States may improve tobacco cessation results by offering both telephone- and Web-based cessation services rather than one or the other, according to an article published in the January 2 issue of the Centers for Disease Control and Prevention (CDC) publication Morbidity and Mortality Weekly Report.
Mary Puckett, PhD, from the CDC’s Epidemic Intelligence Service, and colleagues describe the results of a survey CDC researchers conducted involving four states’ quitline service participants between July 2011 and February 2012.
Quitline participants in Alabama, Arizona, Florida, and Vermont responded to standard demographic and smoking-related questions via Web, mail, or telephone when they enrolled in a telephone- or Web-based program. Researchers administered a follow-up questionnaire 7 months later, asking whether the participants had smoked in the past 30 days and whether they used a single or both services.
Of the 5393 participants included in the final analysis, 2238 were telephone users, 1848 were Web users, and 1307 were dual-service users.
Dual-service users were almost 20% more likely to have abstained from smoking during the past 30 days than telephone users and about 50% more likely to have abstained than Web users. At 7 months’ follow-up, 38% of dual-service users reported abstinence from smoking, compared with 34% of telephone users and 29% of Web users.
Dual-service users were younger than telephone users but older than Web users (mean ages, 44, 47, and 40 years, respectively), had higher levels of education than telephone users but lower than Web users, and were slightly more likely to be white than black or Hispanic compared with telephone users but about 10% less likely to be white than Web users.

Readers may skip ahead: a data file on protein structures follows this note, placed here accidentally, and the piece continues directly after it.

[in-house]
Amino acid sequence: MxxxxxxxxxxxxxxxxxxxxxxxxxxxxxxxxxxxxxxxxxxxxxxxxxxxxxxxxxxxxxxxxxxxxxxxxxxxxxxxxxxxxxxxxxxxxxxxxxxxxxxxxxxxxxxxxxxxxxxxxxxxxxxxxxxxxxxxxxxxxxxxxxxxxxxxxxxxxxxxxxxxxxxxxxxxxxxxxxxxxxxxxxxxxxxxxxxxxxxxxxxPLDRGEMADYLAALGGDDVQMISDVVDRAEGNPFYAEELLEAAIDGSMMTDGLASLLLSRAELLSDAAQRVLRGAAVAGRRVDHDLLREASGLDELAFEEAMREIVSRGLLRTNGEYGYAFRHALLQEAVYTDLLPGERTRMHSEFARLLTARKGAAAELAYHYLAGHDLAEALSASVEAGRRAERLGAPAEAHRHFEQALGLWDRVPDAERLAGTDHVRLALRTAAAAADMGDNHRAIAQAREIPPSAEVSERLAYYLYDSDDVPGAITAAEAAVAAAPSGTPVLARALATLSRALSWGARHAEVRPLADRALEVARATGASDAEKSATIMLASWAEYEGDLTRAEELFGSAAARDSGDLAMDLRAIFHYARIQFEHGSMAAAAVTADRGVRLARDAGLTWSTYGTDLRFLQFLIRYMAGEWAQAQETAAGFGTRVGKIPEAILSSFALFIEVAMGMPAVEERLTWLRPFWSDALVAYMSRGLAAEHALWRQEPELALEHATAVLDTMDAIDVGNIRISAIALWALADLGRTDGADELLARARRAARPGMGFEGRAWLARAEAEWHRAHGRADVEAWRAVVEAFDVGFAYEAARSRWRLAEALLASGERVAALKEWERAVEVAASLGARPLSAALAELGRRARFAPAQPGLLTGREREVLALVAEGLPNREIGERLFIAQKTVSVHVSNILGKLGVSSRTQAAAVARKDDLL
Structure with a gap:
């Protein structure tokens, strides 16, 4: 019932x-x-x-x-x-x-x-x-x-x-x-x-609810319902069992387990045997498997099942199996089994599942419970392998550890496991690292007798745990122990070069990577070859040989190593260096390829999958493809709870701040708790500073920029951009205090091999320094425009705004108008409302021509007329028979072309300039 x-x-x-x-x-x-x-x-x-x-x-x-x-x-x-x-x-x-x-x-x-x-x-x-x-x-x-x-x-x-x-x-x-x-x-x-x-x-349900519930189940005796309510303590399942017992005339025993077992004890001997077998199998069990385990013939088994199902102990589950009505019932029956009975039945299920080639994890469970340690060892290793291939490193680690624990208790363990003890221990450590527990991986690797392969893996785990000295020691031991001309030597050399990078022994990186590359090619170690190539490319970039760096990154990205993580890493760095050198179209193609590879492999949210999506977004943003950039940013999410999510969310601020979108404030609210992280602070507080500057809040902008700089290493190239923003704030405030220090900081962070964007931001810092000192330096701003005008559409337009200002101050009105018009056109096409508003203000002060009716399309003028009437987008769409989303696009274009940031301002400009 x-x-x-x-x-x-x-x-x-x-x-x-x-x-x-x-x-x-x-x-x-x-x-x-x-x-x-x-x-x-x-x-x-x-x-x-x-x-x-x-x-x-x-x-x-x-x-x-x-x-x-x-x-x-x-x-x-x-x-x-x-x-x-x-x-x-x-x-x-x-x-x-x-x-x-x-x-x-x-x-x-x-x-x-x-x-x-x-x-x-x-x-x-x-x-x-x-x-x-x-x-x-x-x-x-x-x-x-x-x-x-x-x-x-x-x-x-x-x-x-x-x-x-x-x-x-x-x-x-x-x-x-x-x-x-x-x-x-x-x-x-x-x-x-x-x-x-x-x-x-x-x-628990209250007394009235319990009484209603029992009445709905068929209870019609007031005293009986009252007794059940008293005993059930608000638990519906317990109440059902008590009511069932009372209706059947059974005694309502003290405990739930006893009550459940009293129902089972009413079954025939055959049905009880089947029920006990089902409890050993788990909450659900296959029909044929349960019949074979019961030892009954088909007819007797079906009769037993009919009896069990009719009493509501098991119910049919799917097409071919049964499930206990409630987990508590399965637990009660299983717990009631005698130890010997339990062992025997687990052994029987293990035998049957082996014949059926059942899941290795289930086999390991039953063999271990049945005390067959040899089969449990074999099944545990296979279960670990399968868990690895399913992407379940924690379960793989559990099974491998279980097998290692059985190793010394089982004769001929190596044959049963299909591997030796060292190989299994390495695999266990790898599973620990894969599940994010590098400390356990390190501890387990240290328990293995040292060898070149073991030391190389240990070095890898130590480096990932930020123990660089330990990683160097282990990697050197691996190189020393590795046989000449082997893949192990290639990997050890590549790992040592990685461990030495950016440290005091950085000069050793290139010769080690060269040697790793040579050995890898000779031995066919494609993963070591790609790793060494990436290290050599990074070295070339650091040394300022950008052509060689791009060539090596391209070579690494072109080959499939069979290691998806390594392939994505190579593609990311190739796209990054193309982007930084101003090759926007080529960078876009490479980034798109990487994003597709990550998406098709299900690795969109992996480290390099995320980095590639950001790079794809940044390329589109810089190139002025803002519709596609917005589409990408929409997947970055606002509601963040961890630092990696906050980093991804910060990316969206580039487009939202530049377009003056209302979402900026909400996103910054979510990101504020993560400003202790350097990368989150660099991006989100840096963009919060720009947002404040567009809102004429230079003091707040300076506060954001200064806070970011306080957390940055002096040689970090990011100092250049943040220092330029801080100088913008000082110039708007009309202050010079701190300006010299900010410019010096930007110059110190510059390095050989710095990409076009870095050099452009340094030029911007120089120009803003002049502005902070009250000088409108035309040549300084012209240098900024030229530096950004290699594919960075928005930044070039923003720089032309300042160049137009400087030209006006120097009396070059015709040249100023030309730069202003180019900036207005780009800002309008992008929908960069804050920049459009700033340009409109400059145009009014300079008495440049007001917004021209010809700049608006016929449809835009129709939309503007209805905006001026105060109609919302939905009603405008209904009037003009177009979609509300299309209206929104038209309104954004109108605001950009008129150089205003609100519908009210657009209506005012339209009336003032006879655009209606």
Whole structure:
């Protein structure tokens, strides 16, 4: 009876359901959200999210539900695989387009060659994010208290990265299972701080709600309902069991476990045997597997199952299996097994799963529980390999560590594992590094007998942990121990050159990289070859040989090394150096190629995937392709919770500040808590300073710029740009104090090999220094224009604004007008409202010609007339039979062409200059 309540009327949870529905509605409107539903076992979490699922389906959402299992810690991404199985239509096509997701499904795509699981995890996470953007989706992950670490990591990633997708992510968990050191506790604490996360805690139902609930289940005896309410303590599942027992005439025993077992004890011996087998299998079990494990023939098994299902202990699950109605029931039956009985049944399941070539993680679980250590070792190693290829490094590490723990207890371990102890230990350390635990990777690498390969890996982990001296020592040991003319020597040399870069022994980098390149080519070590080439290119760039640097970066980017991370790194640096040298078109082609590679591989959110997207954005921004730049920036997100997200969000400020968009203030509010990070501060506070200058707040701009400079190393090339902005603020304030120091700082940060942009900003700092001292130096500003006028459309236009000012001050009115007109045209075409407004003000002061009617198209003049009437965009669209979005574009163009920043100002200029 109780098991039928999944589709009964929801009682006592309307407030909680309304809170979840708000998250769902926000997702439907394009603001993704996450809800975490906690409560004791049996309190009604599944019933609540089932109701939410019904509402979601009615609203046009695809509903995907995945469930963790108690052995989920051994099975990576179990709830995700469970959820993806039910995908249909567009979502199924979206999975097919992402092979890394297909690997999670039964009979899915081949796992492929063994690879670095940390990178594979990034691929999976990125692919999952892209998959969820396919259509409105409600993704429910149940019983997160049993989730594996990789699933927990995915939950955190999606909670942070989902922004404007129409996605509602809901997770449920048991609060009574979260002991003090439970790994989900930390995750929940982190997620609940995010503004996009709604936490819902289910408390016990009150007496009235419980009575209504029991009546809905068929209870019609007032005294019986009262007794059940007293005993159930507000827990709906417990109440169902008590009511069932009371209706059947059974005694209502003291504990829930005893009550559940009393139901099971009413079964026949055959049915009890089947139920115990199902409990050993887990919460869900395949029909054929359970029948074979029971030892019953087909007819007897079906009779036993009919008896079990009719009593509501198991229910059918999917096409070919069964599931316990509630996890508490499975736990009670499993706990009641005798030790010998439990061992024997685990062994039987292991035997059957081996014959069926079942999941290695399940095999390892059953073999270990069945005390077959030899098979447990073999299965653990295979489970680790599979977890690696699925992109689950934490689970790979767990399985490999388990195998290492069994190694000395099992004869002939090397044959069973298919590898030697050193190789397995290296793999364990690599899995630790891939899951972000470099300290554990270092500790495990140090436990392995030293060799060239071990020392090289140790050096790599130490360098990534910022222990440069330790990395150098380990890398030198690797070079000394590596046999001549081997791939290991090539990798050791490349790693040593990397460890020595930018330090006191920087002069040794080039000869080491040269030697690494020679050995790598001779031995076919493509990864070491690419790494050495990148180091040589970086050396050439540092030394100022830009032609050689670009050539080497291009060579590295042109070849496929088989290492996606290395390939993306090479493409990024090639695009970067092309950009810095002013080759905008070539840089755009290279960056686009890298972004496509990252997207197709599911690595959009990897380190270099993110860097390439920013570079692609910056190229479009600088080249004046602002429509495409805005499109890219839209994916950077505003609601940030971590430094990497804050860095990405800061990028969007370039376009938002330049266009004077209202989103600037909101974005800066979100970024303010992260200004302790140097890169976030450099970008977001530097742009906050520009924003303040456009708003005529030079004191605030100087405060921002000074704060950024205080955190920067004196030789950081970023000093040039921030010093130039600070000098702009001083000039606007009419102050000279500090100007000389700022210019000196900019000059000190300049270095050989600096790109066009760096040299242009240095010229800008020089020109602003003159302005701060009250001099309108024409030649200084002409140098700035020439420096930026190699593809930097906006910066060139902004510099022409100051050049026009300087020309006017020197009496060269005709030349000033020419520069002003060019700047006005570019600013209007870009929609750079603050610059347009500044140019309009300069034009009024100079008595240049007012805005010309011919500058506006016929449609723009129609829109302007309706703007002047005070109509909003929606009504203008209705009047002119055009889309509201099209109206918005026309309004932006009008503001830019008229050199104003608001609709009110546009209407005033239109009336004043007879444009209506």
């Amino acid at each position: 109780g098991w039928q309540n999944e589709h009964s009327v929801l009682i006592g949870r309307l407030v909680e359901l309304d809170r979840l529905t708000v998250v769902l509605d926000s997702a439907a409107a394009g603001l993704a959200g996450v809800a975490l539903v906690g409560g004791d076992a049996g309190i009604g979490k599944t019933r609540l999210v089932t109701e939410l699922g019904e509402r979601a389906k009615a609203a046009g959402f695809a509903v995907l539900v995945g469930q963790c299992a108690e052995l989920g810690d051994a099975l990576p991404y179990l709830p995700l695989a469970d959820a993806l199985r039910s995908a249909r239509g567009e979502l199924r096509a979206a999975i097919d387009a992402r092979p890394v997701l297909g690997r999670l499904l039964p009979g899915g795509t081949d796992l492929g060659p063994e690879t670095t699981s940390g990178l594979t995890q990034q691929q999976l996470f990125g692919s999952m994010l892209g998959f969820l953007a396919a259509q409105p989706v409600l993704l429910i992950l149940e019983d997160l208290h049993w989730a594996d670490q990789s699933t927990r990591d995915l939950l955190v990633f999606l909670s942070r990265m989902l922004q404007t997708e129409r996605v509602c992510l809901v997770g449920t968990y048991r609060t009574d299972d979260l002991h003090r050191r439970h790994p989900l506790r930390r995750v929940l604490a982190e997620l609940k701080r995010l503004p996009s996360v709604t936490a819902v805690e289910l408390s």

Sex and age made no significant difference.
However, participants living with a spouse were more likely to abstain from smoking if no other person living in the house was a smoker.
“[T]he availability and combined use of telephone-only and Web-based services might enhance quit success, but it might also reflect a greater commitment to quit among persons who use both services,” the researchers write.
Physicians who provide initial counseling to patients seeking to quit smoking can use these findings based on their patient population. Public health practitioners can use the information to determine the best smoking cessation programs to offer based on their patient populations, and to identify more effective programs for patients who have already tried unsuccessfully to quit smoking.
Limitations include possible lack of generalizability because only four states were involved whereas all states provide one or the other type of program, as well as the self-reported data. The study also did not include any tobacco products other than cigarettes.
The researchers conclude, “These findings suggest that access to and use of both cessation services might improve tobacco cessation success. Use of Web-based and telephone cessation services in combination provides a new tool for public health programs, such as CDC’s National Comprehensive Cancer Control Program, to prevent lung cancer. As such, tobacco and cancer control programs might choose to focus on implementation and improvement of both types of cessation services in their populations.”